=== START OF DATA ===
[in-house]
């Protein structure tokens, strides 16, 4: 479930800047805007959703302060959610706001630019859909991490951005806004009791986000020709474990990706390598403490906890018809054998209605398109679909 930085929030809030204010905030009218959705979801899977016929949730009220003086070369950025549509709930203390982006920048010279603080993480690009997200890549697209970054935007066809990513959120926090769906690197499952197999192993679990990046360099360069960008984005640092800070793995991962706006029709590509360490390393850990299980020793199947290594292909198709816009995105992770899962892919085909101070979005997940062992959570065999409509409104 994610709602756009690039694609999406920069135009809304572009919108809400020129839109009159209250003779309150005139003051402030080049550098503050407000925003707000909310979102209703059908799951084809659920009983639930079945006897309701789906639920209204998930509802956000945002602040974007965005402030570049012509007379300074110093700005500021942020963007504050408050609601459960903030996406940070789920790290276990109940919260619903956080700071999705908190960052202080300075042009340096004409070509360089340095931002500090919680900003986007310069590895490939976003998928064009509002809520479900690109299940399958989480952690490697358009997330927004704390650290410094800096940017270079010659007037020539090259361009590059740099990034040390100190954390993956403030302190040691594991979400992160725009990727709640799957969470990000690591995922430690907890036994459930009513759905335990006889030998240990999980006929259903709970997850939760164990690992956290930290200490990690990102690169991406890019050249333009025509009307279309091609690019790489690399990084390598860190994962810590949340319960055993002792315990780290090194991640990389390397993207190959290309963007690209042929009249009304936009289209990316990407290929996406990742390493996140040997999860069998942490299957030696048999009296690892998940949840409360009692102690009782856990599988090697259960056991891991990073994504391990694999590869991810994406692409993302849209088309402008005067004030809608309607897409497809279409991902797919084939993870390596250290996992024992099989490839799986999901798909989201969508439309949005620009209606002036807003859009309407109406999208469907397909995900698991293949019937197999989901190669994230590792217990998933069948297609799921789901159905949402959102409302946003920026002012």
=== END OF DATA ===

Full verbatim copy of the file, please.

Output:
[in-house]
């Protein structure tokens, strides 16, 4: 479930800047805007959703302060959610706001630019859909991490951005806004009791986000020709474990990706390598403490906890018809054998209605398109679909 930085929030809030204010905030009218959705979801899977016929949730009220003086070369950025549509709930203390982006920048010279603080993480690009997200890549697209970054935007066809990513959120926090769906690197499952197999192993679990990046360099360069960008984005640092800070793995991962706006029709590509360490390393850990299980020793199947290594292909198709816009995105992770899962892919085909101070979005997940062992959570065999409509409104 994610709602756009690039694609999406920069135009809304572009919108809400020129839109009159209250003779309150005139003051402030080049550098503050407000925003707000909310979102209703059908799951084809659920009983639930079945006897309701789906639920209204998930509802956000945002602040974007965005402030570049012509007379300074110093700005500021942020963007504050408050609601459960903030996406940070789920790290276990109940919260619903956080700071999705908190960052202080300075042009340096004409070509360089340095931002500090919680900003986007310069590895490939976003998928064009509002809520479900690109299940399958989480952690490697358009997330927004704390650290410094800096940017270079010659007037020539090259361009590059740099990034040390100190954390993956403030302190040691594991979400992160725009990727709640799957969470990000690591995922430690907890036994459930009513759905335990006889030998240990999980006929259903709970997850939760164990690992956290930290200490990690990102690169991406890019050249333009025509009307279309091609690019790489690399990084390598860190994962810590949340319960055993002792315990780290090194991640990389390397993207190959290309963007690209042929009249009304936009289209990316990407290929996406990742390493996140040997999860069998942490299957030696048999009296690892998940949840409360009692102690009782856990599988090697259960056991891991990073994504391990694999590869991810994406692409993302849209088309402008005067004030809608309607897409497809279409991902797919084939993870390596250290996992024992099989490839799986999901798909989201969508439309949005620009209606002036807003859009309407109406999208469907397909995900698991293949019937197999989901190669994230590792217990998933069948297609799921789901159905949402959102409302946003920026002012």